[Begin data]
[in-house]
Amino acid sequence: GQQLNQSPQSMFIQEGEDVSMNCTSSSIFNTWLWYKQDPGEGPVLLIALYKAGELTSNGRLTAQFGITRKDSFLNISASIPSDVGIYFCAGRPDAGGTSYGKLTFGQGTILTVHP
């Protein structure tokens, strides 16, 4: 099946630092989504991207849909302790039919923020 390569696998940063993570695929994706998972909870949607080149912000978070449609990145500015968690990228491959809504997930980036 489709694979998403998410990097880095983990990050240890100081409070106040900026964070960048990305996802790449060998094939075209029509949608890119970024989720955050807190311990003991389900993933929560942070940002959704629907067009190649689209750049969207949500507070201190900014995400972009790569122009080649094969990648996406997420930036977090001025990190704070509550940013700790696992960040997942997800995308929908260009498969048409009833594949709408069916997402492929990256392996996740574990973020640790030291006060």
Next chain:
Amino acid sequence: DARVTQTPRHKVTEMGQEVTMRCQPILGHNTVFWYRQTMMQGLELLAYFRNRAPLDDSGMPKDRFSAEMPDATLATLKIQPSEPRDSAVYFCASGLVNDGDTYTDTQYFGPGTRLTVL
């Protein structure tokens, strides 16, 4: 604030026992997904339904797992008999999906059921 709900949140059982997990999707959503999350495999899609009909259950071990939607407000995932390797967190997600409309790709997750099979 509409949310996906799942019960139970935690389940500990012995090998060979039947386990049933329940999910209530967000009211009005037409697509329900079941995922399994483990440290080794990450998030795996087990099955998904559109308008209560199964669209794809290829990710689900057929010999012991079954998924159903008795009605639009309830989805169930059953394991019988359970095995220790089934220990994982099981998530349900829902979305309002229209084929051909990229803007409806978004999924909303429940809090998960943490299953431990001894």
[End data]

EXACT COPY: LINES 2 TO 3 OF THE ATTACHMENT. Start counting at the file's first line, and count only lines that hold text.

Amino acid sequence: GQQLNQSPQSMFIQEGEDVSMNCTSSSIFNTWLWYKQDPGEGPVLLIALYKAGELTSNGRLTAQFGITRKDSFLNISASIPSDVGIYFCAGRPDAGGTSYGKLTFGQGTILTVHP
């Protein structure tokens, strides 16, 4: 099946630092989504991207849909302790039919923020 390569696998940063993570695929994706998972909870949607080149912000978070449609990145500015968690990228491959809504997930980036 489709694979998403998410990097880095983990990050240890100081409070106040900026964070960048990305996802790449060998094939075209029509949608890119970024989720955050807190311990003991389900993933929560942070940002959704629907067009190649689209750049969207949500507070201190900014995400972009790569122009080649094969990648996406997420930036977090001025990190704070509550940013700790696992960040997942997800995308929908260009498969048409009833594949709408069916997402492929990256392996996740574990973020640790030291006060």